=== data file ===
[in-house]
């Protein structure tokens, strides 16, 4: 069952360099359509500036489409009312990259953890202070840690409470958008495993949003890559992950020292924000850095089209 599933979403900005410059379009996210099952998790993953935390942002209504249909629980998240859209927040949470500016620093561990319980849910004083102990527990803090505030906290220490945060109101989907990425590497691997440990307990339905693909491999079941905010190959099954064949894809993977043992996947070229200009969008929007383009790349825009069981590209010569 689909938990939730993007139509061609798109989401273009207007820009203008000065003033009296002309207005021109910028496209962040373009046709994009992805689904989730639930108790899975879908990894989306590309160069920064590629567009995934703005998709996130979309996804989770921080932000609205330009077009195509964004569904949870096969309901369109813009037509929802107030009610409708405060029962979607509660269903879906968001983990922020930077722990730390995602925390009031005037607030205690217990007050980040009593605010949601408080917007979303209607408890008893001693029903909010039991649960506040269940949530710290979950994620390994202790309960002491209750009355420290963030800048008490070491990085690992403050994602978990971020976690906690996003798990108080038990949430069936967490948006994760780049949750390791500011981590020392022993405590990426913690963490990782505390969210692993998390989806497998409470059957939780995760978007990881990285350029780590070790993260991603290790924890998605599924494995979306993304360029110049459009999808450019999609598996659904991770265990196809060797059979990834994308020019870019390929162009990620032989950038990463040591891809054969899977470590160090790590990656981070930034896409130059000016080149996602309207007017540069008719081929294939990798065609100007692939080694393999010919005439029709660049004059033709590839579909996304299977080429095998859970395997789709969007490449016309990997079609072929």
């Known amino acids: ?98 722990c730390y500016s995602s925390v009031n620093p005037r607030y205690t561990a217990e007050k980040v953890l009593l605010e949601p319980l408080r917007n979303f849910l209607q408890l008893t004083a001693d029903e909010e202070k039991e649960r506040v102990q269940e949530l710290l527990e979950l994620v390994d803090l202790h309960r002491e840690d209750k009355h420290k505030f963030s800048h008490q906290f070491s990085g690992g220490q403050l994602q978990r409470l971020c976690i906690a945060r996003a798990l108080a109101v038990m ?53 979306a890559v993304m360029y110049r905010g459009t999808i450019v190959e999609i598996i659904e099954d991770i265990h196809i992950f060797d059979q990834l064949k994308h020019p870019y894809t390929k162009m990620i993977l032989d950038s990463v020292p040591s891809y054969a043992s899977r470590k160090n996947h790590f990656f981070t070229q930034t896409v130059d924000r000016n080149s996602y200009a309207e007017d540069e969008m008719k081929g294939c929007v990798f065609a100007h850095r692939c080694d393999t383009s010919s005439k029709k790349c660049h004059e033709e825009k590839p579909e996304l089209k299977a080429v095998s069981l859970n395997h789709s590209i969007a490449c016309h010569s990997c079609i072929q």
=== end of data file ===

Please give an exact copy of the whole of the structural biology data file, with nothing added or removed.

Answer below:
[in-house]
């Protein structure tokens, strides 16, 4: 069952360099359509500036489409009312990259953890202070840690409470958008495993949003890559992950020292924000850095089209 599933979403900005410059379009996210099952998790993953935390942002209504249909629980998240859209927040949470500016620093561990319980849910004083102990527990803090505030906290220490945060109101989907990425590497691997440990307990339905693909491999079941905010190959099954064949894809993977043992996947070229200009969008929007383009790349825009069981590209010569 689909938990939730993007139509061609798109989401273009207007820009203008000065003033009296002309207005021109910028496209962040373009046709994009992805689904989730639930108790899975879908990894989306590309160069920064590629567009995934703005998709996130979309996804989770921080932000609205330009077009195509964004569904949870096969309901369109813009037509929802107030009610409708405060029962979607509660269903879906968001983990922020930077722990730390995602925390009031005037607030205690217990007050980040009593605010949601408080917007979303209607408890008893001693029903909010039991649960506040269940949530710290979950994620390994202790309960002491209750009355420290963030800048008490070491990085690992403050994602978990971020976690906690996003798990108080038990949430069936967490948006994760780049949750390791500011981590020392022993405590990426913690963490990782505390969210692993998390989806497998409470059957939780995760978007990881990285350029780590070790993260991603290790924890998605599924494995979306993304360029110049459009999808450019999609598996659904991770265990196809060797059979990834994308020019870019390929162009990620032989950038990463040591891809054969899977470590160090790590990656981070930034896409130059000016080149996602309207007017540069008719081929294939990798065609100007692939080694393999010919005439029709660049004059033709590839579909996304299977080429095998859970395997789709969007490449016309990997079609072929």
């Known amino acids: ?98 722990c730390y500016s995602s925390v009031n620093p005037r607030y205690t561990a217990e007050k980040v953890l009593l605010e949601p319980l408080r917007n979303f849910l209607q408890l008893t004083a001693d029903e909010e202070k039991e649960r506040v102990q269940e949530l710290l527990e979950l994620v390994d803090l202790h309960r002491e840690d209750k009355h420290k505030f963030s800048h008490q906290f070491s990085g690992g220490q403050l994602q978990r409470l971020c976690i906690a945060r996003a798990l108080a109101v038990m ?53 979306a890559v993304m360029y110049r905010g459009t999808i450019v190959e999609i598996i659904e099954d991770i265990h196809i992950f060797d059979q990834l064949k994308h020019p870019y894809t390929k162009m990620i993977l032989d950038s990463v020292p040591s891809y054969a043992s899977r470590k160090n996947h790590f990656f981070t070229q930034t896409v130059d924000r000016n080149s996602y200009a309207e007017d540069e969008m008719k081929g294939c929007v990798f065609a100007h850095r692939c080694d393999t383009s010919s005439k029709k790349c660049h004059e033709e825009k590839p579909e996304l089209k299977a080429v095998s069981l859970n395997h789709s590209i969007a490449c016309h010569s990997c079609i072929q």